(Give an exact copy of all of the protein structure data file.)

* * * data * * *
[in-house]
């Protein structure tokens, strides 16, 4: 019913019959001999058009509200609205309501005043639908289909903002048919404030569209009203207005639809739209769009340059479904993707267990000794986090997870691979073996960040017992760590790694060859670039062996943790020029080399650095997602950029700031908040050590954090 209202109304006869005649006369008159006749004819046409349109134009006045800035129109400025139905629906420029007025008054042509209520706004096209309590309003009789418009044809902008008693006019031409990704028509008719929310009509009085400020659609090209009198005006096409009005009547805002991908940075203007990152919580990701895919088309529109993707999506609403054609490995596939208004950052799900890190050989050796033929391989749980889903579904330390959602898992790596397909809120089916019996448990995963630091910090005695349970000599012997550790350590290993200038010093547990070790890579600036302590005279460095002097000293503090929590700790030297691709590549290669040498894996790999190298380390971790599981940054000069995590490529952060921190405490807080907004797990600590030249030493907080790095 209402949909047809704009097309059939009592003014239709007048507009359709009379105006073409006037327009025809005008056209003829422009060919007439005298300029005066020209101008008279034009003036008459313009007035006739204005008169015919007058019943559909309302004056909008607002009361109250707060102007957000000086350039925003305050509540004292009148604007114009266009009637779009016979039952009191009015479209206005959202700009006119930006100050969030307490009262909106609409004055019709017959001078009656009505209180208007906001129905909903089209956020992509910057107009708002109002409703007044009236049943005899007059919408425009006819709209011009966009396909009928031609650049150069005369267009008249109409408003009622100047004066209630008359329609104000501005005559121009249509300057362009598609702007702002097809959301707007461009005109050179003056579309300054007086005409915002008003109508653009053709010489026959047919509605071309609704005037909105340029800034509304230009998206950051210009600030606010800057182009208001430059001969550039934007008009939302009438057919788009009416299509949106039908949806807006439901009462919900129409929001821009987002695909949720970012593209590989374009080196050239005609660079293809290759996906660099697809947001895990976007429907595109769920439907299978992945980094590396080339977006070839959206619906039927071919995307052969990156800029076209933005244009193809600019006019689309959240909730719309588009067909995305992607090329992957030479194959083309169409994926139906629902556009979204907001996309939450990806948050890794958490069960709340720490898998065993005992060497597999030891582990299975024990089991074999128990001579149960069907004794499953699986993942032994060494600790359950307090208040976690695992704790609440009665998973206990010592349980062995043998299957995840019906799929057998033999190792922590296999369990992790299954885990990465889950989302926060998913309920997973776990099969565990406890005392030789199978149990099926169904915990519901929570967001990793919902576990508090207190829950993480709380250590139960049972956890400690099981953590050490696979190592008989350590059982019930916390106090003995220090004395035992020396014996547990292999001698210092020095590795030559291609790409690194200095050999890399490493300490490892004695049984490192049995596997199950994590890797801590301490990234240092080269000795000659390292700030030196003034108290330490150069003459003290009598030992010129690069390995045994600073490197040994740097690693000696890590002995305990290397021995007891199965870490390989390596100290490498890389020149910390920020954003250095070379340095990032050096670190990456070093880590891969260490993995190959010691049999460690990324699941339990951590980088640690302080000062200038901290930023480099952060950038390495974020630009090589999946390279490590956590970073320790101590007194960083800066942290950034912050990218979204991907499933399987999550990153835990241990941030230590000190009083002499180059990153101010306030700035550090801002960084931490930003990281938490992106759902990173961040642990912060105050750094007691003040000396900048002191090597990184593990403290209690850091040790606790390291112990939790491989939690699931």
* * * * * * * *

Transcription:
[in-house]
């Protein structure tokens, strides 16, 4: 019913019959001999058009509200609205309501005043639908289909903002048919404030569209009203207005639809739209769009340059479904993707267990000794986090997870691979073996960040017992760590790694060859670039062996943790020029080399650095997602950029700031908040050590954090 209202109304006869005649006369008159006749004819046409349109134009006045800035129109400025139905629906420029007025008054042509209520706004096209309590309003009789418009044809902008008693006019031409990704028509008719929310009509009085400020659609090209009198005006096409009005009547805002991908940075203007990152919580990701895919088309529109993707999506609403054609490995596939208004950052799900890190050989050796033929391989749980889903579904330390959602898992790596397909809120089916019996448990995963630091910090005695349970000599012997550790350590290993200038010093547990070790890579600036302590005279460095002097000293503090929590700790030297691709590549290669040498894996790999190298380390971790599981940054000069995590490529952060921190405490807080907004797990600590030249030493907080790095 209402949909047809704009097309059939009592003014239709007048507009359709009379105006073409006037327009025809005008056209003829422009060919007439005298300029005066020209101008008279034009003036008459313009007035006739204005008169015919007058019943559909309302004056909008607002009361109250707060102007957000000086350039925003305050509540004292009148604007114009266009009637779009016979039952009191009015479209206005959202700009006119930006100050969030307490009262909106609409004055019709017959001078009656009505209180208007906001129905909903089209956020992509910057107009708002109002409703007044009236049943005899007059919408425009006819709209011009966009396909009928031609650049150069005369267009008249109409408003009622100047004066209630008359329609104000501005005559121009249509300057362009598609702007702002097809959301707007461009005109050179003056579309300054007086005409915002008003109508653009053709010489026959047919509605071309609704005037909105340029800034509304230009998206950051210009600030606010800057182009208001430059001969550039934007008009939302009438057919788009009416299509949106039908949806807006439901009462919900129409929001821009987002695909949720970012593209590989374009080196050239005609660079293809290759996906660099697809947001895990976007429907595109769920439907299978992945980094590396080339977006070839959206619906039927071919995307052969990156800029076209933005244009193809600019006019689309959240909730719309588009067909995305992607090329992957030479194959083309169409994926139906629902556009979204907001996309939450990806948050890794958490069960709340720490898998065993005992060497597999030891582990299975024990089991074999128990001579149960069907004794499953699986993942032994060494600790359950307090208040976690695992704790609440009665998973206990010592349980062995043998299957995840019906799929057998033999190792922590296999369990992790299954885990990465889950989302926060998913309920997973776990099969565990406890005392030789199978149990099926169904915990519901929570967001990793919902576990508090207190829950993480709380250590139960049972956890400690099981953590050490696979190592008989350590059982019930916390106090003995220090004395035992020396014996547990292999001698210092020095590795030559291609790409690194200095050999890399490493300490490892004695049984490192049995596997199950994590890797801590301490990234240092080269000795000659390292700030030196003034108290330490150069003459003290009598030992010129690069390995045994600073490197040994740097690693000696890590002995305990290397021995007891199965870490390989390596100290490498890389020149910390920020954003250095070379340095990032050096670190990456070093880590891969260490993995190959010691049999460690990324699941339990951590980088640690302080000062200038901290930023480099952060950038390495974020630009090589999946390279490590956590970073320790101590007194960083800066942290950034912050990218979204991907499933399987999550990153835990241990941030230590000190009083002499180059990153101010306030700035550090801002960084931490930003990281938490992106759902990173961040642990912060105050750094007691003040000396900048002191090597990184593990403290209690850091040790606790390291112990939790491989939690699931």